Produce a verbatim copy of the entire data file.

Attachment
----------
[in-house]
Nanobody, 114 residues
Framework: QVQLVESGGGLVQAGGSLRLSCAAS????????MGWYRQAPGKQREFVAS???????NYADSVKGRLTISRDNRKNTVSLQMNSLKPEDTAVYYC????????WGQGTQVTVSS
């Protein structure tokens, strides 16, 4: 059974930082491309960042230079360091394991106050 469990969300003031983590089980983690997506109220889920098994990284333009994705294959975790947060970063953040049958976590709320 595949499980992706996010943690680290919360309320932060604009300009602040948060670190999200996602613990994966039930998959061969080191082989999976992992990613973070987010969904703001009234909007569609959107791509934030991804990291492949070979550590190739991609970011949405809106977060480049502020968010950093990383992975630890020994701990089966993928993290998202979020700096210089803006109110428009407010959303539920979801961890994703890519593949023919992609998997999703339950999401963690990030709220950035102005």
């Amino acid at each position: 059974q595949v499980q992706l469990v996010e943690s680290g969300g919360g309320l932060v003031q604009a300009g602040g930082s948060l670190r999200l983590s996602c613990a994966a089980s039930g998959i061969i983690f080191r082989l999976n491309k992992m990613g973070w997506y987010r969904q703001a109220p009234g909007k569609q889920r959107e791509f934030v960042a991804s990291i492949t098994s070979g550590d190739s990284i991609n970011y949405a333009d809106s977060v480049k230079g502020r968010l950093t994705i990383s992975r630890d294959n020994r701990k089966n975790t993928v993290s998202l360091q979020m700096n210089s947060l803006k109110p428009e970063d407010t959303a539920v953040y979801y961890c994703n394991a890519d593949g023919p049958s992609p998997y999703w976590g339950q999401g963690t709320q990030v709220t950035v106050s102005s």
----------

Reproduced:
[in-house]
Nanobody, 114 residues
Framework: QVQLVESGGGLVQAGGSLRLSCAAS????????MGWYRQAPGKQREFVAS???????NYADSVKGRLTISRDNRKNTVSLQMNSLKPEDTAVYYC????????WGQGTQVTVSS
């Protein structure tokens, strides 16, 4: 059974930082491309960042230079360091394991106050 469990969300003031983590089980983690997506109220889920098994990284333009994705294959975790947060970063953040049958976590709320 595949499980992706996010943690680290919360309320932060604009300009602040948060670190999200996602613990994966039930998959061969080191082989999976992992990613973070987010969904703001009234909007569609959107791509934030991804990291492949070979550590190739991609970011949405809106977060480049502020968010950093990383992975630890020994701990089966993928993290998202979020700096210089803006109110428009407010959303539920979801961890994703890519593949023919992609998997999703339950999401963690990030709220950035102005």
């Amino acid at each position: 059974q595949v499980q992706l469990v996010e943690s680290g969300g919360g309320l932060v003031q604009a300009g602040g930082s948060l670190r999200l983590s996602c613990a994966a089980s039930g998959i061969i983690f080191r082989l999976n491309k992992m990613g973070w997506y987010r969904q703001a109220p009234g909007k569609q889920r959107e791509f934030v960042a991804s990291i492949t098994s070979g550590d190739s990284i991609n970011y949405a333009d809106s977060v480049k230079g502020r968010l950093t994705i990383s992975r630890d294959n020994r701990k089966n975790t993928v993290s998202l360091q979020m700096n210089s947060l803006k109110p428009e970063d407010t959303a539920v953040y979801y961890c994703n394991a890519d593949g023919p049958s992609p998997y999703w976590g339950q999401g963690t709320q990030v709220t950035v106050s102005s």